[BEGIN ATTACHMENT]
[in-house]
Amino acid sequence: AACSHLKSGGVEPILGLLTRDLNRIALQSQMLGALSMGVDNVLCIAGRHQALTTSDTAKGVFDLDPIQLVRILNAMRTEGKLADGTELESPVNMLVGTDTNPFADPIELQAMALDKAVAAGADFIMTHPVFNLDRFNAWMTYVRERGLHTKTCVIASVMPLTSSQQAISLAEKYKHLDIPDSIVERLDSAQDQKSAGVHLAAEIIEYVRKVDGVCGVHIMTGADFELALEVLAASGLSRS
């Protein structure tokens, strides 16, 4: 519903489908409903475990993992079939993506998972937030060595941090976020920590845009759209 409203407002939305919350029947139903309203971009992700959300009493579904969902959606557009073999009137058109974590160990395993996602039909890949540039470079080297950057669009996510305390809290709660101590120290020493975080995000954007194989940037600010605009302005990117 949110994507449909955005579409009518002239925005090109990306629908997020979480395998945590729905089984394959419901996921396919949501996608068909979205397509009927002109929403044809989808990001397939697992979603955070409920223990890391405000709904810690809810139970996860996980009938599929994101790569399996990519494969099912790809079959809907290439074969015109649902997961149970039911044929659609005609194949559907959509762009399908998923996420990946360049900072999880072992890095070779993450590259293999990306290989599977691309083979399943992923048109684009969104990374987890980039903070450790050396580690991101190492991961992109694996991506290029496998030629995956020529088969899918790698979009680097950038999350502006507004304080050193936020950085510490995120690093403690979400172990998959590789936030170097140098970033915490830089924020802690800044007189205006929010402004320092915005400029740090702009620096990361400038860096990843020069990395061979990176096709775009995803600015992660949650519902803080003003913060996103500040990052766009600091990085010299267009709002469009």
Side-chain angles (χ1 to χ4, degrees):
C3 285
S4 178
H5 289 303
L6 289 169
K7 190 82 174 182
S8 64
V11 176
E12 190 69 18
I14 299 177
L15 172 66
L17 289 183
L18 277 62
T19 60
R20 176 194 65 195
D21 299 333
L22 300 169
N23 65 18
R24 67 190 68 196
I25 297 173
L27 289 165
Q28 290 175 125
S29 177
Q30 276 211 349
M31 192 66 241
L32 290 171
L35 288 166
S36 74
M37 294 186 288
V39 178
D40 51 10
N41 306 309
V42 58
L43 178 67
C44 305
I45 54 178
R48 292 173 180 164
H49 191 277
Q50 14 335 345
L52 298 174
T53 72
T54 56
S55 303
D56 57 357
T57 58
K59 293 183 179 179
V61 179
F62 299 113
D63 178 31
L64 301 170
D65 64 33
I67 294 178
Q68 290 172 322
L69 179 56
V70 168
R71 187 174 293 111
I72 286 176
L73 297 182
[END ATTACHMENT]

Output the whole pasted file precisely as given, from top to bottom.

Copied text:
[in-house]
Amino acid sequence: AACSHLKSGGVEPILGLLTRDLNRIALQSQMLGALSMGVDNVLCIAGRHQALTTSDTAKGVFDLDPIQLVRILNAMRTEGKLADGTELESPVNMLVGTDTNPFADPIELQAMALDKAVAAGADFIMTHPVFNLDRFNAWMTYVRERGLHTKTCVIASVMPLTSSQQAISLAEKYKHLDIPDSIVERLDSAQDQKSAGVHLAAEIIEYVRKVDGVCGVHIMTGADFELALEVLAASGLSRS
């Protein structure tokens, strides 16, 4: 519903489908409903475990993992079939993506998972937030060595941090976020920590845009759209 409203407002939305919350029947139903309203971009992700959300009493579904969902959606557009073999009137058109974590160990395993996602039909890949540039470079080297950057669009996510305390809290709660101590120290020493975080995000954007194989940037600010605009302005990117 949110994507449909955005579409009518002239925005090109990306629908997020979480395998945590729905089984394959419901996921396919949501996608068909979205397509009927002109929403044809989808990001397939697992979603955070409920223990890391405000709904810690809810139970996860996980009938599929994101790569399996990519494969099912790809079959809907290439074969015109649902997961149970039911044929659609005609194949559907959509762009399908998923996420990946360049900072999880072992890095070779993450590259293999990306290989599977691309083979399943992923048109684009969104990374987890980039903070450790050396580690991101190492991961992109694996991506290029496998030629995956020529088969899918790698979009680097950038999350502006507004304080050193936020950085510490995120690093403690979400172990998959590789936030170097140098970033915490830089924020802690800044007189205006929010402004320092915005400029740090702009620096990361400038860096990843020069990395061979990176096709775009995803600015992660949650519902803080003003913060996103500040990052766009600091990085010299267009709002469009």
Side-chain angles (χ1 to χ4, degrees):
C3 285
S4 178
H5 289 303
L6 289 169
K7 190 82 174 182
S8 64
V11 176
E12 190 69 18
I14 299 177
L15 172 66
L17 289 183
L18 277 62
T19 60
R20 176 194 65 195
D21 299 333
L22 300 169
N23 65 18
R24 67 190 68 196
I25 297 173
L27 289 165
Q28 290 175 125
S29 177
Q30 276 211 349
M31 192 66 241
L32 290 171
L35 288 166
S36 74
M37 294 186 288
V39 178
D40 51 10
N41 306 309
V42 58
L43 178 67
C44 305
I45 54 178
R48 292 173 180 164
H49 191 277
Q50 14 335 345
L52 298 174
T53 72
T54 56
S55 303
D56 57 357
T57 58
K59 293 183 179 179
V61 179
F62 299 113
D63 178 31
L64 301 170
D65 64 33
I67 294 178
Q68 290 172 322
L69 179 56
V70 168
R71 187 174 293 111
I72 286 176
L73 297 182